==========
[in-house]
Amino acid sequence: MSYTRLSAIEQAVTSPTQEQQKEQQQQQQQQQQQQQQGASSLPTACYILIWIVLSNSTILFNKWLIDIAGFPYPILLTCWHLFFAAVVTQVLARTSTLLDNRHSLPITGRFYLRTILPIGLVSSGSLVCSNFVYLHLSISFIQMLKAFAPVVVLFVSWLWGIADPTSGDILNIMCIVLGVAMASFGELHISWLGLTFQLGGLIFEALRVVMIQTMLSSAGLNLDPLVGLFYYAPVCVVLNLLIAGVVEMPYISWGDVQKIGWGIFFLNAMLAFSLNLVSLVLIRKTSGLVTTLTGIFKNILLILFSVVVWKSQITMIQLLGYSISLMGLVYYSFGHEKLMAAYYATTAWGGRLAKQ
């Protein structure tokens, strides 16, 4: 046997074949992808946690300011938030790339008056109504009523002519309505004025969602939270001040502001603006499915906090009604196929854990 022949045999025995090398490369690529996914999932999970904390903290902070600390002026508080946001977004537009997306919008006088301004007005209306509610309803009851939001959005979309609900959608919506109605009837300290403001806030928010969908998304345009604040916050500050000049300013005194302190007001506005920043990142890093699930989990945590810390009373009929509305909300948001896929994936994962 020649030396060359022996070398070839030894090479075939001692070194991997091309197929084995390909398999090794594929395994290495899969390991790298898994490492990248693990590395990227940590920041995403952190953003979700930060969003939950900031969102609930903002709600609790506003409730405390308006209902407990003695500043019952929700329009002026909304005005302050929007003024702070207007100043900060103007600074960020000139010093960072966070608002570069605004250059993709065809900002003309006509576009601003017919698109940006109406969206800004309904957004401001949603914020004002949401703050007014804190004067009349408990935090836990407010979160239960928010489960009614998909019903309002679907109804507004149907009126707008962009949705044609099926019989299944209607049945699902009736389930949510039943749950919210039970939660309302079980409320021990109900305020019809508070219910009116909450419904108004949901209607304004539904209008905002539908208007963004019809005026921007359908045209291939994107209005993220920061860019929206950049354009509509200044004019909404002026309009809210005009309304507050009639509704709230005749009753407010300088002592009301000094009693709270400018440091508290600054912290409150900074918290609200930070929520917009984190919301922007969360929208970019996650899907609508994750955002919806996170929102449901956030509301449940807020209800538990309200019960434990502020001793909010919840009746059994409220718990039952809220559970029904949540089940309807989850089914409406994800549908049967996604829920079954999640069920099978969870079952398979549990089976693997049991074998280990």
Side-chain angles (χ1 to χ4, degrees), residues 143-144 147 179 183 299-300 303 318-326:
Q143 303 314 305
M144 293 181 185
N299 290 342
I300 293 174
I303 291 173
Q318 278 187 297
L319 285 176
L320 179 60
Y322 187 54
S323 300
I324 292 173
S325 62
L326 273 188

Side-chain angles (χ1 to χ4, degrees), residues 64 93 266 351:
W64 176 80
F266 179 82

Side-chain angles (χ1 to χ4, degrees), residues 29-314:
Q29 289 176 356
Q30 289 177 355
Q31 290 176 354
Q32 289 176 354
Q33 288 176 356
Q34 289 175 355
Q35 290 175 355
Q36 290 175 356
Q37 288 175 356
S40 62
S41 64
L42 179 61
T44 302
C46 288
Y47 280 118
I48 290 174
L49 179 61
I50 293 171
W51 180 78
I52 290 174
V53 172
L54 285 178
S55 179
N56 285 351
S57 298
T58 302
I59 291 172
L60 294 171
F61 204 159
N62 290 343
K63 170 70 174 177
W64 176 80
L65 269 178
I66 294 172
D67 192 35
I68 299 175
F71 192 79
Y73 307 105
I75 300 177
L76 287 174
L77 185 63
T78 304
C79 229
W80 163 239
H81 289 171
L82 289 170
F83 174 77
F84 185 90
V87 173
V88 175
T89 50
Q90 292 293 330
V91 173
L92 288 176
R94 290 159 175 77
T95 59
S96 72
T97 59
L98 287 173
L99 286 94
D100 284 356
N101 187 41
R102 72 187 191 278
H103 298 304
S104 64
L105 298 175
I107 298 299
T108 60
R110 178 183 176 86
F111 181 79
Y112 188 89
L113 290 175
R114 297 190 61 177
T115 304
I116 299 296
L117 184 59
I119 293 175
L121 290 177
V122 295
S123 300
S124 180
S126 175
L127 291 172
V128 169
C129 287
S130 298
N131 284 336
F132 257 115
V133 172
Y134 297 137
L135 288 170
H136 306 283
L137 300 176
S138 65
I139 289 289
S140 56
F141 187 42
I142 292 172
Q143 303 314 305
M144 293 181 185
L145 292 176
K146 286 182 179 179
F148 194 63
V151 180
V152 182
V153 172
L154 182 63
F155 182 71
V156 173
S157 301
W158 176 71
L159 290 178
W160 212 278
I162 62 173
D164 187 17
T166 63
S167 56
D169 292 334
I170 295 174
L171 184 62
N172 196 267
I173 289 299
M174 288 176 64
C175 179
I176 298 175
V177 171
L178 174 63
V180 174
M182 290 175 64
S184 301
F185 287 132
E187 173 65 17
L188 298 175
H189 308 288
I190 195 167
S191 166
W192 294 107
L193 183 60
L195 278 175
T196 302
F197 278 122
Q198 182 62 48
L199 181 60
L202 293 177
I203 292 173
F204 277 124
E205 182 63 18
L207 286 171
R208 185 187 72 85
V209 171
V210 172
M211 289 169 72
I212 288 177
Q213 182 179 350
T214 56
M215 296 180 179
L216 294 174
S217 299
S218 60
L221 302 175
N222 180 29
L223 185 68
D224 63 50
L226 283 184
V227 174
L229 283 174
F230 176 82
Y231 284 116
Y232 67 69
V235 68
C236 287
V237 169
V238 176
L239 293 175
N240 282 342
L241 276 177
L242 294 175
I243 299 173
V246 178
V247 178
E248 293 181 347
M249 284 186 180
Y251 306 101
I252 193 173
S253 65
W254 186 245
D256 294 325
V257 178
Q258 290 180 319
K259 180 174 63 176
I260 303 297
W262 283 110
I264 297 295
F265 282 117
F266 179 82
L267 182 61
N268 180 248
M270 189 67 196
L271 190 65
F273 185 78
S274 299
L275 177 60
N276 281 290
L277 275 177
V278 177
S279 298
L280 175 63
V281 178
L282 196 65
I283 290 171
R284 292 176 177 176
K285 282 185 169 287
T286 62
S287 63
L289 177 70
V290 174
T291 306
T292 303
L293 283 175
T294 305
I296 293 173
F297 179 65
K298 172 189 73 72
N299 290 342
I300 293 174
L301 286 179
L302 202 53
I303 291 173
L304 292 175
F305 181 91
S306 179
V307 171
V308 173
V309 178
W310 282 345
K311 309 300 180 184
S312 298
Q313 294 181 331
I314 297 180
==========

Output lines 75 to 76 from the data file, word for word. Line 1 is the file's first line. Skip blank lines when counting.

L92 288 176
R94 290 159 175 77